Do not fear the terror of night,
nor the pestilence that stalks in the darkness,
nor the plague that destroys at noonday.
– Psalm 91:5-6
The Bible is always telling us not to be afraid. And that’s because there’s so much real stuff to be afraid of. Like now, as shelves empty, markets tank, leaders dither, and old people die in a day. Life is scary enough in ordinary times. It’s much scarier now. So the Bible exhorts us again, “Don’t be afraid!”
And yet people are. Even Bible-believing people. Some are downright terrified, hoarding enough toilet paper to last till 2039. And like clockwork in our nasty age, they get roundly mocked on social media, called out as irrational, impervious to scientific information, bad, stupid, and wrong.
Maybe you’re heeding both the Bible and good scientific information. Maybe you’re feeling reassured and calm. Maybe you’re side-eyeing the panicky, too. But here’s the thing: Fear is fear, and human beings are what we are. All of us by nature are vulnerable and exposed.
So admit it—aren’t you also just a little bit afraid? No matter how much you know, or how often you wash, don’t you also feel foreboding? I know I do. A drastic spike in the infection rate could find me searching for a case of Charmin, too.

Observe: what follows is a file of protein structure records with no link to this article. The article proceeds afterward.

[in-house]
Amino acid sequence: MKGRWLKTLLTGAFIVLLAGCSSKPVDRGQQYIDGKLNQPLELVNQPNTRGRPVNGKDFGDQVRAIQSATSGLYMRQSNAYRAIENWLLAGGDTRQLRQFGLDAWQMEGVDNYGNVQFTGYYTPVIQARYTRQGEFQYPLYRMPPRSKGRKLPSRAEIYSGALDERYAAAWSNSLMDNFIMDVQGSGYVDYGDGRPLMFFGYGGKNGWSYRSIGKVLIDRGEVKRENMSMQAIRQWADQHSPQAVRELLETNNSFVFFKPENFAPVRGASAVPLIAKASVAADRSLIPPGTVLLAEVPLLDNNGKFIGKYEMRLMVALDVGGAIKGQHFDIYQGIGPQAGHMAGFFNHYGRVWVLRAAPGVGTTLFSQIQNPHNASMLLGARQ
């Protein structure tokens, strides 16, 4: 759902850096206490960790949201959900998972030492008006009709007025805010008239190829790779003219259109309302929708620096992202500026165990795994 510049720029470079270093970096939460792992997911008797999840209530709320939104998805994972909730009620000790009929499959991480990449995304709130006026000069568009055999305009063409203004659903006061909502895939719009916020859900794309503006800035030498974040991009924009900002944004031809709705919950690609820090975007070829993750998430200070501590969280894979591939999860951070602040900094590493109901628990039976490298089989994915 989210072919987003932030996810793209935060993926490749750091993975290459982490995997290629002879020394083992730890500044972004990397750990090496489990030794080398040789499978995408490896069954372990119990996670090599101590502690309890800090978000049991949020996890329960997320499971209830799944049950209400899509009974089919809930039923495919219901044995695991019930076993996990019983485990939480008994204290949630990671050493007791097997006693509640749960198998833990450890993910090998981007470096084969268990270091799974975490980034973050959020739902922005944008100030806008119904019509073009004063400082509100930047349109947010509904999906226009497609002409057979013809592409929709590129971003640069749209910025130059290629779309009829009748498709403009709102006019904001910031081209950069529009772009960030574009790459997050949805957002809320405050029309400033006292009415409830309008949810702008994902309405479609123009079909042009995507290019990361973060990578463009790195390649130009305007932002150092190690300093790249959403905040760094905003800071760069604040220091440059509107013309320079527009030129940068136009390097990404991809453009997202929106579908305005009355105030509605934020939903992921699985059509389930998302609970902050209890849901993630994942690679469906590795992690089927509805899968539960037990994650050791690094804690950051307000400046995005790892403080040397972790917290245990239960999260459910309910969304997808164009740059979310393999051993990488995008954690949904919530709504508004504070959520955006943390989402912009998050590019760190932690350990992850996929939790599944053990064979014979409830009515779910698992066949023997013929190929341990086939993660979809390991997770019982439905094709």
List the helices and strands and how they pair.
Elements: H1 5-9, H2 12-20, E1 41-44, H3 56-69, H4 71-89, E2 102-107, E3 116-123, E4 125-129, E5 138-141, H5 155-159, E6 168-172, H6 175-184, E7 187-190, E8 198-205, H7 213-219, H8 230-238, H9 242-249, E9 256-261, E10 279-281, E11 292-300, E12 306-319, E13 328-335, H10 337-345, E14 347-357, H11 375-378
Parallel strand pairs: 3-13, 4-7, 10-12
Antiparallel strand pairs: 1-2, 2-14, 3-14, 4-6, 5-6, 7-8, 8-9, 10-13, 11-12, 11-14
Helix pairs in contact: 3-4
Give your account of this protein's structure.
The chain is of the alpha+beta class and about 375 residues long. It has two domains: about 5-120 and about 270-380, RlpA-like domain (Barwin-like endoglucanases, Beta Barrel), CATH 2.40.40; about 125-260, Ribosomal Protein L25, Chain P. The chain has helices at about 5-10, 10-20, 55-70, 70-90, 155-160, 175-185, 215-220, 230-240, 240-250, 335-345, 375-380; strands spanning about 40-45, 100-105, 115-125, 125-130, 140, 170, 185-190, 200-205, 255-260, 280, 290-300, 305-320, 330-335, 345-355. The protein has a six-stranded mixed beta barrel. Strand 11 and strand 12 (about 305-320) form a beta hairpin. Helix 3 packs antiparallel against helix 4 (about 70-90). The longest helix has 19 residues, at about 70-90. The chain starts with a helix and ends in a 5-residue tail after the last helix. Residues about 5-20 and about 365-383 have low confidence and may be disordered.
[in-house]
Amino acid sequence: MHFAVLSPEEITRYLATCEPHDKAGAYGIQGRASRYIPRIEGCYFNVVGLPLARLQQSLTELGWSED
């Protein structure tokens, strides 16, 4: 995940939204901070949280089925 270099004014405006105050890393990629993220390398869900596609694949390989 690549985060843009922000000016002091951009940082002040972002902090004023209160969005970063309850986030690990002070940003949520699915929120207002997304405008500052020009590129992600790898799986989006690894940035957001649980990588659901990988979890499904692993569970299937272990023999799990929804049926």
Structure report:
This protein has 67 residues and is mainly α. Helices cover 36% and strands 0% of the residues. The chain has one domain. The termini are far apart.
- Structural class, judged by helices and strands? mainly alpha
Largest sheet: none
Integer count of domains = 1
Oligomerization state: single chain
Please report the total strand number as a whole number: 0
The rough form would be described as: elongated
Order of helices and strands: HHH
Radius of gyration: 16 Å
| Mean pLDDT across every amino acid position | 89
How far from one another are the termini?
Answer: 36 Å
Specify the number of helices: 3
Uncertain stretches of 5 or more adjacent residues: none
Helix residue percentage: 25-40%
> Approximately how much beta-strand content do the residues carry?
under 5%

It would be great if we were all at our rational best right now. But we’re not. Optimal if we all rose brilliantly to this occasion. But we won’t. So the next best thing is to dismount our high horses, summon some empathy from that quavering place inside us where we too feel afraid, cut each other some slack, and just be kind.
If you can’t make us unafraid, O God, at least make our fears a bridge to others, an empathetic tie that binds.
Mary Luti is a long time seminary educator and pastor, author of Teresa of Avila’s Way and numerous articles, and founding member of The Daughters of Abraham, a national network of interfaith women’s book groups.